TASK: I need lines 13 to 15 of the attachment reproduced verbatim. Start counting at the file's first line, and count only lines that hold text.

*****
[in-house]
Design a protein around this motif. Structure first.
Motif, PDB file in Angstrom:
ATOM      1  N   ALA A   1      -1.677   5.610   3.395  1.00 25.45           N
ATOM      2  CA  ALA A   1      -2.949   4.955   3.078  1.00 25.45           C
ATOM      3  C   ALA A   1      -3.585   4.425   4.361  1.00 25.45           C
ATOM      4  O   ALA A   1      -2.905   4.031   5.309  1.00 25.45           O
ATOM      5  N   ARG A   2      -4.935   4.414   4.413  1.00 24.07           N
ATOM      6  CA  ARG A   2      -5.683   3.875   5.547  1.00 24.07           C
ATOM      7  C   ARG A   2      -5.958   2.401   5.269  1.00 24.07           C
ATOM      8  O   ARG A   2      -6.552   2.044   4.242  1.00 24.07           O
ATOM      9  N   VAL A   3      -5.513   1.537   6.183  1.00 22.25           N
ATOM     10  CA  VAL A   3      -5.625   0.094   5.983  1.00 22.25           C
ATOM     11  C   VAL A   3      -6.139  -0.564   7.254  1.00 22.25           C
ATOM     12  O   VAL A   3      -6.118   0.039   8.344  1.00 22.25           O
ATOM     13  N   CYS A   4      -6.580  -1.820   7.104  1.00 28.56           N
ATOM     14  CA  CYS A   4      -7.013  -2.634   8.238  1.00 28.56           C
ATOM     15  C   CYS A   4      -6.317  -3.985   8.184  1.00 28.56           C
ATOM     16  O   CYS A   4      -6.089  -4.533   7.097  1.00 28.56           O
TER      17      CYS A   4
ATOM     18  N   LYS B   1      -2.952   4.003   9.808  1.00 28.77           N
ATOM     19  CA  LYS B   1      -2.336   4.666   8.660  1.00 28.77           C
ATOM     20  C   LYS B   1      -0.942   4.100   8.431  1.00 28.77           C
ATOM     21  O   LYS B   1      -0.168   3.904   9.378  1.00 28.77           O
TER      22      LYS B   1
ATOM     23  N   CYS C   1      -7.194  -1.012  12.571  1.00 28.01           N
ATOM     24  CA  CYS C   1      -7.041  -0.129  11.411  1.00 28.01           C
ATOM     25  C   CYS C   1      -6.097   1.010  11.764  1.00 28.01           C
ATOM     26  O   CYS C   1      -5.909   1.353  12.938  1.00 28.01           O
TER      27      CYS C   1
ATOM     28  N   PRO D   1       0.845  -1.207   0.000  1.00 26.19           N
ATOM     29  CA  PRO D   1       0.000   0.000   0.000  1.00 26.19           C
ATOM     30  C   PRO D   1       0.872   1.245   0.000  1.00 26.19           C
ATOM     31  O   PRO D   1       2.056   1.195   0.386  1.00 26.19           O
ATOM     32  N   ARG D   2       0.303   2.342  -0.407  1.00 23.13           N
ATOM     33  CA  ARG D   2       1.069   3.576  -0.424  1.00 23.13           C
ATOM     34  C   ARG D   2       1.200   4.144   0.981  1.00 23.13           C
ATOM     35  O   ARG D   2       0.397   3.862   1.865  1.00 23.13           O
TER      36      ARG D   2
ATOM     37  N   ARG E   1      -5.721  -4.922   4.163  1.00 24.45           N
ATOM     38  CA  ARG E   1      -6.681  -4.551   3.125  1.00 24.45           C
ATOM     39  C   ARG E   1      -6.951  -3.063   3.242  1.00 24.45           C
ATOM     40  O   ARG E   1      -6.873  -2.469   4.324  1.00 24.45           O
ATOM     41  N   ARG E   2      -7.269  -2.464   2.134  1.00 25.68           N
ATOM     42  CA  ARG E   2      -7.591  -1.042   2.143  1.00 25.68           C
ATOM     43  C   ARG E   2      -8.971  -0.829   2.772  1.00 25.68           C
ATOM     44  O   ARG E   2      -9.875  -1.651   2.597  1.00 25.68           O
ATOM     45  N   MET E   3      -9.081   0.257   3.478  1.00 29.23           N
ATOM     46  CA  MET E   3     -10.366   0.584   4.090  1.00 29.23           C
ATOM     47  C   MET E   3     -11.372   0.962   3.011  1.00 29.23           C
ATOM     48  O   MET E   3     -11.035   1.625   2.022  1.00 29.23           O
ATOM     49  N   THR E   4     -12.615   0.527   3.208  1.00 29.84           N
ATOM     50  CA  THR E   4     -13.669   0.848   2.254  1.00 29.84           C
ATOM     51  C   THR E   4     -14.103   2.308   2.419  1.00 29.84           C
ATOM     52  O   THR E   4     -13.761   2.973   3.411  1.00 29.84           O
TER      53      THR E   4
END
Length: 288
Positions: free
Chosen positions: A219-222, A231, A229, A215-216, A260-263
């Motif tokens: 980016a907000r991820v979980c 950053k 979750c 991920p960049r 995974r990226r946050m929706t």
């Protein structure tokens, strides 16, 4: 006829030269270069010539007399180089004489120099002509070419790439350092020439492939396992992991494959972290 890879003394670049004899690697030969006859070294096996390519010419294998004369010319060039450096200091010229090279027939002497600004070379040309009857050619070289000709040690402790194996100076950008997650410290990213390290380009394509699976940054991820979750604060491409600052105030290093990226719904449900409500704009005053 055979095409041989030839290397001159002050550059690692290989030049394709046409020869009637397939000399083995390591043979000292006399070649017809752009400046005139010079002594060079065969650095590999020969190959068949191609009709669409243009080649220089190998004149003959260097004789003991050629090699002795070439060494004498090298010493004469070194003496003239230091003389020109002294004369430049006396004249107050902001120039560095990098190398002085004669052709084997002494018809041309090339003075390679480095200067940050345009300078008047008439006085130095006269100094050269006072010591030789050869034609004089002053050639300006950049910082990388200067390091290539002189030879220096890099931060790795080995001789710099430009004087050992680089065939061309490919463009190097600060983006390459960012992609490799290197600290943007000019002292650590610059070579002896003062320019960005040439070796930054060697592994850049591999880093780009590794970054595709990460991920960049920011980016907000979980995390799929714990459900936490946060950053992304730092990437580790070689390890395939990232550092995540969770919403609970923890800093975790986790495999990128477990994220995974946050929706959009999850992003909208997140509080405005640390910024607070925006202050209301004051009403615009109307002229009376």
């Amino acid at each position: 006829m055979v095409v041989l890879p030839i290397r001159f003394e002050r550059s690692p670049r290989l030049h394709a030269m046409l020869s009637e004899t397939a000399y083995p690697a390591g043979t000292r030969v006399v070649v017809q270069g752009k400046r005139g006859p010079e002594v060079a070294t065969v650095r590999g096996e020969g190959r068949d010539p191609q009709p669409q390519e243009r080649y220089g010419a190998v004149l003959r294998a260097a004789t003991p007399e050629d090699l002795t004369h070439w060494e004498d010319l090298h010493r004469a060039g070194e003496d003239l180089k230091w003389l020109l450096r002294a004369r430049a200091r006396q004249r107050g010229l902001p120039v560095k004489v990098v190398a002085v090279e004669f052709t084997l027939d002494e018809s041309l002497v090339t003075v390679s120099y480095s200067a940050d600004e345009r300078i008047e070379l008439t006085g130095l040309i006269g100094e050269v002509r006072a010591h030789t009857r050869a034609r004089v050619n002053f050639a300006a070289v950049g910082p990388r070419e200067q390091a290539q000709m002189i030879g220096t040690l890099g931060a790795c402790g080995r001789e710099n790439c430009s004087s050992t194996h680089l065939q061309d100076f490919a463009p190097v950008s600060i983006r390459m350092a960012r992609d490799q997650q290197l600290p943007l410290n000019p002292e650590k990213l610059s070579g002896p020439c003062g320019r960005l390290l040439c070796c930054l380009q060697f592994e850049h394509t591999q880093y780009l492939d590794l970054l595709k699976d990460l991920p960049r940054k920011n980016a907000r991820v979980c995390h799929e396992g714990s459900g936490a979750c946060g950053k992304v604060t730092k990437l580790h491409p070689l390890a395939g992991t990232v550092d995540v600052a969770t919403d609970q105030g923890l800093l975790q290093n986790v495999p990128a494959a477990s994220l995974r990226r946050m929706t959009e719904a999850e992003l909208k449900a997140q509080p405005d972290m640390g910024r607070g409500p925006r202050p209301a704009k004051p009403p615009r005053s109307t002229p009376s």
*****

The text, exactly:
ATOM     10  CA  VAL A   3      -5.625   0.094   5.983  1.00 22.25           C
ATOM     11  C   VAL A   3      -6.139  -0.564   7.254  1.00 22.25           C
ATOM     12  O   VAL A   3      -6.118   0.039   8.344  1.00 22.25           O